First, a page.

In January, many regions are prone to frost, and the ground may be completely frozen at that time of year. In this case, starting bulbs indoors in pots can give you control over their growing conditions. Planting bulbs in pots is a good way to get your gardening fix in the middle of winter when plant projects are far and few between.
Place a layer of pebbles over the drainage hole of the planting pot before adding soil mix. Clay pots are preferable, especially for bulb species that dislike excessive moisture, because they dry out quicker than plastic ones.
Put a layer of soil mix at the bottom of the pot. If using a plastic pot (for bulb species that prefer moist conditions) this will be the first layer of material to go into the pot. If using a clay pot, this layer covers the pebbles in the bottom.
Plant the bulbs at twice their own depth and no closer than one bulb's width apart. Depending on the size of your bulbs and pot, you may be able to plant just one in each pot, or several. Bulbs should go into the pot with the pointy end up.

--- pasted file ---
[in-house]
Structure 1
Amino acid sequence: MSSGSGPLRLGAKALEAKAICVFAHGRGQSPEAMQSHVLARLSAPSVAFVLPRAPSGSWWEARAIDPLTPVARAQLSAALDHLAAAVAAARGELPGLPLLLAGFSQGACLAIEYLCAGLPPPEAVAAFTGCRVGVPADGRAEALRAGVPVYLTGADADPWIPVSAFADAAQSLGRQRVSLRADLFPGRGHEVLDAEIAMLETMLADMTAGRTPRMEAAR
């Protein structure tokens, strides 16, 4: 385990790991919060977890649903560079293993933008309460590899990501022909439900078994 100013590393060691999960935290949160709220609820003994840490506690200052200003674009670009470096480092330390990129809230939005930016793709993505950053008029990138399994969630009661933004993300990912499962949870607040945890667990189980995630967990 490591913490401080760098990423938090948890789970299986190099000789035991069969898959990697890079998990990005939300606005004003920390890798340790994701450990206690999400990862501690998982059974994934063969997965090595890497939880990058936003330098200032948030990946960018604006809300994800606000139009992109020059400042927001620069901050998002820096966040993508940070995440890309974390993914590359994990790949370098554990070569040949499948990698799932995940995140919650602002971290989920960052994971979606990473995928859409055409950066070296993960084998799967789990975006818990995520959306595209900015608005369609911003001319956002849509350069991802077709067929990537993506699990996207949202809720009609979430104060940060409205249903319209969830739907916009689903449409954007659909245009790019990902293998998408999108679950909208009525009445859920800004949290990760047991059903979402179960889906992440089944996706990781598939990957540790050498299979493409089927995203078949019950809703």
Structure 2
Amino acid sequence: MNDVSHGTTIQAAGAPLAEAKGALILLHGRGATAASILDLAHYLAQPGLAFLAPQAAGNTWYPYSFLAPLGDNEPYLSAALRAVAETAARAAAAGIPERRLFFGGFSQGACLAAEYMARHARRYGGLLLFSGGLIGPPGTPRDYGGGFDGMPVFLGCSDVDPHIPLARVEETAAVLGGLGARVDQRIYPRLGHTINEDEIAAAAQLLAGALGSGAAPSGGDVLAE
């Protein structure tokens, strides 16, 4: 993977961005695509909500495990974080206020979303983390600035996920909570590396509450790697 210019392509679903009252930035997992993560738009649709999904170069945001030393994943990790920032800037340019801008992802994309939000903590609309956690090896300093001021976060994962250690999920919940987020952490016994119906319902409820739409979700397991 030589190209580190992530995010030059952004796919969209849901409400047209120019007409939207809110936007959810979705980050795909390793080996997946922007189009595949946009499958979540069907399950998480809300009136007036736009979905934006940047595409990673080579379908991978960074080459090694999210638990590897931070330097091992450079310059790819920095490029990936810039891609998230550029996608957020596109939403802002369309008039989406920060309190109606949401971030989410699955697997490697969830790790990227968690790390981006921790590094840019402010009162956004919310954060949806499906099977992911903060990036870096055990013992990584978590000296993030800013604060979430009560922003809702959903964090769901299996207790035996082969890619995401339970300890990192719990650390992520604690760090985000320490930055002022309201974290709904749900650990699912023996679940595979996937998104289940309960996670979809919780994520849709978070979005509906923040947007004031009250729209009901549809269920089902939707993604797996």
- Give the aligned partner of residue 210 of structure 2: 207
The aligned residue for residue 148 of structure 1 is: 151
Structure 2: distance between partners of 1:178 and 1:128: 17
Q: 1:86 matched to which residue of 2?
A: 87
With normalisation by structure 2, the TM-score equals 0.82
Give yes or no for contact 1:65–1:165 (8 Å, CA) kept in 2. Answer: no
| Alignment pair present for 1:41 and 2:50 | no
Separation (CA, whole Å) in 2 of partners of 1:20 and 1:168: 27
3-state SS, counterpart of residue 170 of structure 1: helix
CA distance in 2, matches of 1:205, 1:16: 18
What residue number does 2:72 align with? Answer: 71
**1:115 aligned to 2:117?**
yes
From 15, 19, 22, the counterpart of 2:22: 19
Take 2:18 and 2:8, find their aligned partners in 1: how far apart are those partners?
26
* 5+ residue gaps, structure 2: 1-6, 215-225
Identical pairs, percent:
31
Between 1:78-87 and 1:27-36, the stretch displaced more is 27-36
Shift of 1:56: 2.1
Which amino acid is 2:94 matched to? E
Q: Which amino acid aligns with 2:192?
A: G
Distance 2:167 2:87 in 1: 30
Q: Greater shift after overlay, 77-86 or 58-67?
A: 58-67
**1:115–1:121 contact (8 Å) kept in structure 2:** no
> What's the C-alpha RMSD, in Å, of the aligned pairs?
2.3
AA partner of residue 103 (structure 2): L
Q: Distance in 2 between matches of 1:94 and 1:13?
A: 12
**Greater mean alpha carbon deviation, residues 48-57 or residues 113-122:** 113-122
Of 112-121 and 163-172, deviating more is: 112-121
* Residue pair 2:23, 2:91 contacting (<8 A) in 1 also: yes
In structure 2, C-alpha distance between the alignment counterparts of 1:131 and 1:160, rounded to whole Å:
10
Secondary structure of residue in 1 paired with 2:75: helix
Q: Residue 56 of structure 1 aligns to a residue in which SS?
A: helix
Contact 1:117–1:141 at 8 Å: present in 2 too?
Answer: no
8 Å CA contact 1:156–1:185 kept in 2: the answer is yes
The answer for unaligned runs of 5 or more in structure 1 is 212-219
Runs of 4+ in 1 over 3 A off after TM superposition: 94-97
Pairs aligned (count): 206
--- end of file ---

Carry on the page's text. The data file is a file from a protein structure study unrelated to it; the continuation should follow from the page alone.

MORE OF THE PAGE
Cover bulbs with soil mix, making sure not to knock them over on their sides. The mix should come to within one-half inch of the pot's rim.
Top the remaining space in the pot with a layer of coarse sand to keep the temperature and moisture levels as stable as possible for the bulbs, even though they will be indoors. Don't water the pot until the soil mix is dry and root growth begins, so the bulbs don't rot.
Label the pot to keep track of the bulb species. This is especially useful if planting several pots containing different species. Write the species name in permanent pen on a Popsicle stick, and insert it into the soil at the edge of the pot.